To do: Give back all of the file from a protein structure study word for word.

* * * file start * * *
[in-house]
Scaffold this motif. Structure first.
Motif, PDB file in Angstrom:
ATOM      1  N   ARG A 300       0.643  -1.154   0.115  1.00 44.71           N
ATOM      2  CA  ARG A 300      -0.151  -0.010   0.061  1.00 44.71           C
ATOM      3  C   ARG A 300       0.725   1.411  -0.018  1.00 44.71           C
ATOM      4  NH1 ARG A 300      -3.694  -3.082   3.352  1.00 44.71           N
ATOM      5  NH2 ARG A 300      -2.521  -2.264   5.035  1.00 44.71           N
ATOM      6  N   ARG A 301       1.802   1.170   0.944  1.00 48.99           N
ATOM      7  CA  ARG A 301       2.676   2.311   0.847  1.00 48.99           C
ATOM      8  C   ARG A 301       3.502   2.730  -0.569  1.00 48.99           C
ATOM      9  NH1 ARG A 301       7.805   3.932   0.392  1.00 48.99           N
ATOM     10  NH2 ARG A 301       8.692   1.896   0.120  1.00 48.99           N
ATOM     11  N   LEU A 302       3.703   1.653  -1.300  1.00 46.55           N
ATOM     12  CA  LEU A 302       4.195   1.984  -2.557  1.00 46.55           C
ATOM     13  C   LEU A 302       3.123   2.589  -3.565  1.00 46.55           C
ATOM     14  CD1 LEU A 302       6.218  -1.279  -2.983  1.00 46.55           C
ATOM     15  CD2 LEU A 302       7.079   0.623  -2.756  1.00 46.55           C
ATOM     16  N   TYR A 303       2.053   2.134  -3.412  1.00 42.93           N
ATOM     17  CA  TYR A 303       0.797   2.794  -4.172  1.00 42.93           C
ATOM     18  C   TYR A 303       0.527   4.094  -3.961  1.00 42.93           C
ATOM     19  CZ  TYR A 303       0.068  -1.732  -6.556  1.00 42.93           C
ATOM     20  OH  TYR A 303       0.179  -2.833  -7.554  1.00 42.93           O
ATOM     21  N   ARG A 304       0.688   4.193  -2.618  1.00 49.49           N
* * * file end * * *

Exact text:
[in-house]
Scaffold this motif. Structure first.
Motif, PDB file in Angstrom:
ATOM      1  N   ARG A 300       0.643  -1.154   0.115  1.00 44.71           N
ATOM      2  CA  ARG A 300      -0.151  -0.010   0.061  1.00 44.71           C
ATOM      3  C   ARG A 300       0.725   1.411  -0.018  1.00 44.71           C
ATOM      4  NH1 ARG A 300      -3.694  -3.082   3.352  1.00 44.71           N
ATOM      5  NH2 ARG A 300      -2.521  -2.264   5.035  1.00 44.71           N
ATOM      6  N   ARG A 301       1.802   1.170   0.944  1.00 48.99           N
ATOM      7  CA  ARG A 301       2.676   2.311   0.847  1.00 48.99           C
ATOM      8  C   ARG A 301       3.502   2.730  -0.569  1.00 48.99           C
ATOM      9  NH1 ARG A 301       7.805   3.932   0.392  1.00 48.99           N
ATOM     10  NH2 ARG A 301       8.692   1.896   0.120  1.00 48.99           N
ATOM     11  N   LEU A 302       3.703   1.653  -1.300  1.00 46.55           N
ATOM     12  CA  LEU A 302       4.195   1.984  -2.557  1.00 46.55           C
ATOM     13  C   LEU A 302       3.123   2.589  -3.565  1.00 46.55           C
ATOM     14  CD1 LEU A 302       6.218  -1.279  -2.983  1.00 46.55           C
ATOM     15  CD2 LEU A 302       7.079   0.623  -2.756  1.00 46.55           C
ATOM     16  N   TYR A 303       2.053   2.134  -3.412  1.00 42.93           N
ATOM     17  CA  TYR A 303       0.797   2.794  -4.172  1.00 42.93           C
ATOM     18  C   TYR A 303       0.527   4.094  -3.961  1.00 42.93           C
ATOM     19  CZ  TYR A 303       0.068  -1.732  -6.556  1.00 42.93           C
ATOM     20  OH  TYR A 303       0.179  -2.833  -7.554  1.00 42.93           O
ATOM     21  N   ARG A 304       0.688   4.193  -2.618  1.00 49.49           N